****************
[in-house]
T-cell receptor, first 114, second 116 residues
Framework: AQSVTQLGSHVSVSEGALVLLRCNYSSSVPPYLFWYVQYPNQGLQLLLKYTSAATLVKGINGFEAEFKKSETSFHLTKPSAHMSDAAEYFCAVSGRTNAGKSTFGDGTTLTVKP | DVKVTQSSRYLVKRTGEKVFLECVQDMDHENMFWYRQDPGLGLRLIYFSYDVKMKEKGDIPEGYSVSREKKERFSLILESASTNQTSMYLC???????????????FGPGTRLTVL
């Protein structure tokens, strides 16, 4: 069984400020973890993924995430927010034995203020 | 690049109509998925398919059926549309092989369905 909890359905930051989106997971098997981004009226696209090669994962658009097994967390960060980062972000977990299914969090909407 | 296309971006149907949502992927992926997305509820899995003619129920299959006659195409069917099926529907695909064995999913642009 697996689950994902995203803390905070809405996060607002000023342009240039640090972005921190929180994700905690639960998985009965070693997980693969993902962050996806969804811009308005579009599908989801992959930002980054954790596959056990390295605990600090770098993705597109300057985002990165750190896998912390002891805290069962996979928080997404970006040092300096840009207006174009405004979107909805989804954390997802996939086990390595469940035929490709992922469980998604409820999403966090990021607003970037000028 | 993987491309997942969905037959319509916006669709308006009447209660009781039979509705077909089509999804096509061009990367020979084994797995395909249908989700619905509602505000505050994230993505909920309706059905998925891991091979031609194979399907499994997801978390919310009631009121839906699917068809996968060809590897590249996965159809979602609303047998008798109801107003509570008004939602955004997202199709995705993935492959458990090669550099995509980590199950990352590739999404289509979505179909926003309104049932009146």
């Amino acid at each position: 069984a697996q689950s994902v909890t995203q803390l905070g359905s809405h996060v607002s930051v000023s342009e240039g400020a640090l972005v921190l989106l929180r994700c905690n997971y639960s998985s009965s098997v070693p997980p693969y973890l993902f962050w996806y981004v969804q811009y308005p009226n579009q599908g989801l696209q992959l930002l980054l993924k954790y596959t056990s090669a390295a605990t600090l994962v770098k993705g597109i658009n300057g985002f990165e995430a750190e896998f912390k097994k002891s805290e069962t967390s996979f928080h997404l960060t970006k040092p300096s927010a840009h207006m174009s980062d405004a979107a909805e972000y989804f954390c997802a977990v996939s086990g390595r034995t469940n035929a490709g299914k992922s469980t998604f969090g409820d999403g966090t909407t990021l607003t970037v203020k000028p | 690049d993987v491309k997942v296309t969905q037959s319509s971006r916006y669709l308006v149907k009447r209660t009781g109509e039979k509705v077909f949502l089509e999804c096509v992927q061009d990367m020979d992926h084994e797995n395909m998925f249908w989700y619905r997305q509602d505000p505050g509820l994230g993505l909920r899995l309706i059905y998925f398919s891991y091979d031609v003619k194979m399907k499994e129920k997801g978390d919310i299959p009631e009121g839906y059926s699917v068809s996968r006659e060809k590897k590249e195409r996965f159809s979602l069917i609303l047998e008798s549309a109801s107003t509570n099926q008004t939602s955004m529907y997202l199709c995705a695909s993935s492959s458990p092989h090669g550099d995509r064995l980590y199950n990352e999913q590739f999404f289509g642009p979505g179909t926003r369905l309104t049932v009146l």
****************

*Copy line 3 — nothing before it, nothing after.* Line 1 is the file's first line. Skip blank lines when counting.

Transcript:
Framework: AQSVTQLGSHVSVSEGALVLLRCNYSSSVPPYLFWYVQYPNQGLQLLLKYTSAATLVKGINGFEAEFKKSETSFHLTKPSAHMSDAAEYFCAVSGRTNAGKSTFGDGTTLTVKP | DVKVTQSSRYLVKRTGEKVFLECVQDMDHENMFWYRQDPGLGLRLIYFSYDVKMKEKGDIPEGYSVSREKKERFSLILESASTNQTSMYLC???????????????FGPGTRLTVL